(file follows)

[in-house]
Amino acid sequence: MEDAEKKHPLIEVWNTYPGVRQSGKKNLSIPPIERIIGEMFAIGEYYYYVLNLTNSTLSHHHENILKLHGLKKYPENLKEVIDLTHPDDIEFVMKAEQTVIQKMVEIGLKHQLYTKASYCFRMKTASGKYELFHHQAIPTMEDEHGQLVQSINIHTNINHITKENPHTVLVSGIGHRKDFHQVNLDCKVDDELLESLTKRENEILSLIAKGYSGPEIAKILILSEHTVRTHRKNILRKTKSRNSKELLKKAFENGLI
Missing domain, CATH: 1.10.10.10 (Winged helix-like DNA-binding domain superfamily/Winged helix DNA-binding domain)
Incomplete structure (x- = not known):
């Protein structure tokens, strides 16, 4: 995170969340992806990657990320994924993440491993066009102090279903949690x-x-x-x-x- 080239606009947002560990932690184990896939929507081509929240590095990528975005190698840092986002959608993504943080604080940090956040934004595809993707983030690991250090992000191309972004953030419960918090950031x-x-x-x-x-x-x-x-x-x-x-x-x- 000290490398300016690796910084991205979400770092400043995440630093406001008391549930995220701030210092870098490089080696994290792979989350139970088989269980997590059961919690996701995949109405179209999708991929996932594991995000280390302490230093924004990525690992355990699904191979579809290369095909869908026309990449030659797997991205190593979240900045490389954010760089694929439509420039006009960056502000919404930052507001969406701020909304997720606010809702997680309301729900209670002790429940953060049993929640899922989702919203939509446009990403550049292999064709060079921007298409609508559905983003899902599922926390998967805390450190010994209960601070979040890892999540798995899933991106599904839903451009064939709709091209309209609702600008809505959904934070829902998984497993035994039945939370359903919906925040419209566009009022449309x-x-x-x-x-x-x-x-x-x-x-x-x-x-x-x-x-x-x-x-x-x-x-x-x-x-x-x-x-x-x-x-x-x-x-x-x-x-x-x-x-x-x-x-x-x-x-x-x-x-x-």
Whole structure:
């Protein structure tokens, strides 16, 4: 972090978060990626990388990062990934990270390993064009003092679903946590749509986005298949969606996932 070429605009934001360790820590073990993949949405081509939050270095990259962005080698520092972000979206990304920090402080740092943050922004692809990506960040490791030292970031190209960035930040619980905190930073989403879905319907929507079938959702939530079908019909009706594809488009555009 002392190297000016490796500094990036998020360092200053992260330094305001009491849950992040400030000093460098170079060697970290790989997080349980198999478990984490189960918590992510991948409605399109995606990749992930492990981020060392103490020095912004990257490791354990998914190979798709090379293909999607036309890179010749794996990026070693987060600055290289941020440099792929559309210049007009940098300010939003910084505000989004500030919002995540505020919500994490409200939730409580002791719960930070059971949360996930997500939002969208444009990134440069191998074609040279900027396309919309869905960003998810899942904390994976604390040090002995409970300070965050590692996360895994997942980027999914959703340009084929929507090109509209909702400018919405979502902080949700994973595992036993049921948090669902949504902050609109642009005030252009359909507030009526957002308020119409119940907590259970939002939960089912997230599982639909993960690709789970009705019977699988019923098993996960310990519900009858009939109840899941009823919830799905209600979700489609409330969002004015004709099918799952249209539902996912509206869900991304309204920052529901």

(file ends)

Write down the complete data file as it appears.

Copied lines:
[in-house]
Amino acid sequence: MEDAEKKHPLIEVWNTYPGVRQSGKKNLSIPPIERIIGEMFAIGEYYYYVLNLTNSTLSHHHENILKLHGLKKYPENLKEVIDLTHPDDIEFVMKAEQTVIQKMVEIGLKHQLYTKASYCFRMKTASGKYELFHHQAIPTMEDEHGQLVQSINIHTNINHITKENPHTVLVSGIGHRKDFHQVNLDCKVDDELLESLTKRENEILSLIAKGYSGPEIAKILILSEHTVRTHRKNILRKTKSRNSKELLKKAFENGLI
Missing domain, CATH: 1.10.10.10 (Winged helix-like DNA-binding domain superfamily/Winged helix DNA-binding domain)
Incomplete structure (x- = not known):
């Protein structure tokens, strides 16, 4: 995170969340992806990657990320994924993440491993066009102090279903949690x-x-x-x-x- 080239606009947002560990932690184990896939929507081509929240590095990528975005190698840092986002959608993504943080604080940090956040934004595809993707983030690991250090992000191309972004953030419960918090950031x-x-x-x-x-x-x-x-x-x-x-x-x- 000290490398300016690796910084991205979400770092400043995440630093406001008391549930995220701030210092870098490089080696994290792979989350139970088989269980997590059961919690996701995949109405179209999708991929996932594991995000280390302490230093924004990525690992355990699904191979579809290369095909869908026309990449030659797997991205190593979240900045490389954010760089694929439509420039006009960056502000919404930052507001969406701020909304997720606010809702997680309301729900209670002790429940953060049993929640899922989702919203939509446009990403550049292999064709060079921007298409609508559905983003899902599922926390998967805390450190010994209960601070979040890892999540798995899933991106599904839903451009064939709709091209309209609702600008809505959904934070829902998984497993035994039945939370359903919906925040419209566009009022449309x-x-x-x-x-x-x-x-x-x-x-x-x-x-x-x-x-x-x-x-x-x-x-x-x-x-x-x-x-x-x-x-x-x-x-x-x-x-x-x-x-x-x-x-x-x-x-x-x-x-x-």
Whole structure:
């Protein structure tokens, strides 16, 4: 972090978060990626990388990062990934990270390993064009003092679903946590749509986005298949969606996932 070429605009934001360790820590073990993949949405081509939050270095990259962005080698520092972000979206990304920090402080740092943050922004692809990506960040490791030292970031190209960035930040619980905190930073989403879905319907929507079938959702939530079908019909009706594809488009555009 002392190297000016490796500094990036998020360092200053992260330094305001009491849950992040400030000093460098170079060697970290790989997080349980198999478990984490189960918590992510991948409605399109995606990749992930492990981020060392103490020095912004990257490791354990998914190979798709090379293909999607036309890179010749794996990026070693987060600055290289941020440099792929559309210049007009940098300010939003910084505000989004500030919002995540505020919500994490409200939730409580002791719960930070059971949360996930997500939002969208444009990134440069191998074609040279900027396309919309869905960003998810899942904390994976604390040090002995409970300070965050590692996360895994997942980027999914959703340009084929929507090109509209909702400018919405979502902080949700994973595992036993049921948090669902949504902050609109642009005030252009359909507030009526957002308020119409119940907590259970939002939960089912997230599982639909993960690709789970009705019977699988019923098993996960310990519900009858009939109840899941009823919830799905209600979700489609409330969002004015004709099918799952249209539902996912509206869900991304309204920052529901």